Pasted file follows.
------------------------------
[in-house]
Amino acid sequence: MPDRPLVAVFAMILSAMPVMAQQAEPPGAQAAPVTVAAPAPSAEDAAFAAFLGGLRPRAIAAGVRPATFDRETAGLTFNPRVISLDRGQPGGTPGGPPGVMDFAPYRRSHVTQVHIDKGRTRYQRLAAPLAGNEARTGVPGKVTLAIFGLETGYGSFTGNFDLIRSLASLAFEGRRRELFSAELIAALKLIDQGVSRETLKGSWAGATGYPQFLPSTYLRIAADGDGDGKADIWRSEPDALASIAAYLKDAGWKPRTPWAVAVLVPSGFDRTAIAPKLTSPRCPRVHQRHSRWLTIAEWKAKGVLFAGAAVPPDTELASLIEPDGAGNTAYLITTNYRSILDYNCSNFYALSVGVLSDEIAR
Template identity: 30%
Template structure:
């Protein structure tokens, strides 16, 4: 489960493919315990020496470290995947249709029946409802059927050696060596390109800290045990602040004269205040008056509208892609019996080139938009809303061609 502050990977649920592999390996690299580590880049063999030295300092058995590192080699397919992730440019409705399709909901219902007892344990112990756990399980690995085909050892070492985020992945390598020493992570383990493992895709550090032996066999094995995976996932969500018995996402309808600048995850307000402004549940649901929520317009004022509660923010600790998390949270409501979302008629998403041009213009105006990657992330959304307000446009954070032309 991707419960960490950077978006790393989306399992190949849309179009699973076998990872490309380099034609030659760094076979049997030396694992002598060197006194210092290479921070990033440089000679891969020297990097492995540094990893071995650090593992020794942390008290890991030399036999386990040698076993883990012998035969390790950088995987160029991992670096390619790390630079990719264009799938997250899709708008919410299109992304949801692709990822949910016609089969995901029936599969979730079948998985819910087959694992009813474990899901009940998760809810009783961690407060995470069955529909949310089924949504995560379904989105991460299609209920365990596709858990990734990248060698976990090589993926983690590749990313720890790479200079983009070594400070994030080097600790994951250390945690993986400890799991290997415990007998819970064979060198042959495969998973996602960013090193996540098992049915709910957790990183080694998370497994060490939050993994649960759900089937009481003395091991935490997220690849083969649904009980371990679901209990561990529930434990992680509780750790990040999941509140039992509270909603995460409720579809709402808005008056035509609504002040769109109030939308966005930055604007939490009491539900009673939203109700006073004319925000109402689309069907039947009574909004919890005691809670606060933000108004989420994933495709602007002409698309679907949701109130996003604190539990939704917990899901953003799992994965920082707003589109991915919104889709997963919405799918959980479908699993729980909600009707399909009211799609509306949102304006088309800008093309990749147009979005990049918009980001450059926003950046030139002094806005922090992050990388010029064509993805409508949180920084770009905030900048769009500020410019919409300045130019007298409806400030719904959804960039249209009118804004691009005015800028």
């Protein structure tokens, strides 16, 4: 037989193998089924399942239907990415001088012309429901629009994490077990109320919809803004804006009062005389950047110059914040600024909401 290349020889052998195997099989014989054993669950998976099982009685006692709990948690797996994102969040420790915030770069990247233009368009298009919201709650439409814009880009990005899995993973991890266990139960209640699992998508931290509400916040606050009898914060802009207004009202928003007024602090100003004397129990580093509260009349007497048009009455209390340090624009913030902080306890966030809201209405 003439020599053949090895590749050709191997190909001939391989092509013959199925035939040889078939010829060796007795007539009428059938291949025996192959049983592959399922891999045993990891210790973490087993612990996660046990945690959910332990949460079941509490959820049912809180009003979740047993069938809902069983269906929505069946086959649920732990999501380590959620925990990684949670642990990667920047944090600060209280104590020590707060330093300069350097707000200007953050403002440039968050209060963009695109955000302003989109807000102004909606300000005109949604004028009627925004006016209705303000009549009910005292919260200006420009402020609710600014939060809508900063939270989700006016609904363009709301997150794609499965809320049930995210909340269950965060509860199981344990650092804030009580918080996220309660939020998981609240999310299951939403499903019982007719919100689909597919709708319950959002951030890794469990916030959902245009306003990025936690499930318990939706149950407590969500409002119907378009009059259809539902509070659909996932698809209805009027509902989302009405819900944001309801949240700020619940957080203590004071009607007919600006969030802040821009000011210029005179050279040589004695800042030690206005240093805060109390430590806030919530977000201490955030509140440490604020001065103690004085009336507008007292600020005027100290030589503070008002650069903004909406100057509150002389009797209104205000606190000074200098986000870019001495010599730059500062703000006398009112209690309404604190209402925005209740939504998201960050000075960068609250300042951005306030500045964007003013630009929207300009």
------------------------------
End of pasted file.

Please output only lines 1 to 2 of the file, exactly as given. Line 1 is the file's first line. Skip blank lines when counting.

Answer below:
[in-house]
Amino acid sequence: MPDRPLVAVFAMILSAMPVMAQQAEPPGAQAAPVTVAAPAPSAEDAAFAAFLGGLRPRAIAAGVRPATFDRETAGLTFNPRVISLDRGQPGGTPGGPPGVMDFAPYRRSHVTQVHIDKGRTRYQRLAAPLAGNEARTGVPGKVTLAIFGLETGYGSFTGNFDLIRSLASLAFEGRRRELFSAELIAALKLIDQGVSRETLKGSWAGATGYPQFLPSTYLRIAADGDGDGKADIWRSEPDALASIAAYLKDAGWKPRTPWAVAVLVPSGFDRTAIAPKLTSPRCPRVHQRHSRWLTIAEWKAKGVLFAGAAVPPDTELASLIEPDGAGNTAYLITTNYRSILDYNCSNFYALSVGVLSDEIAR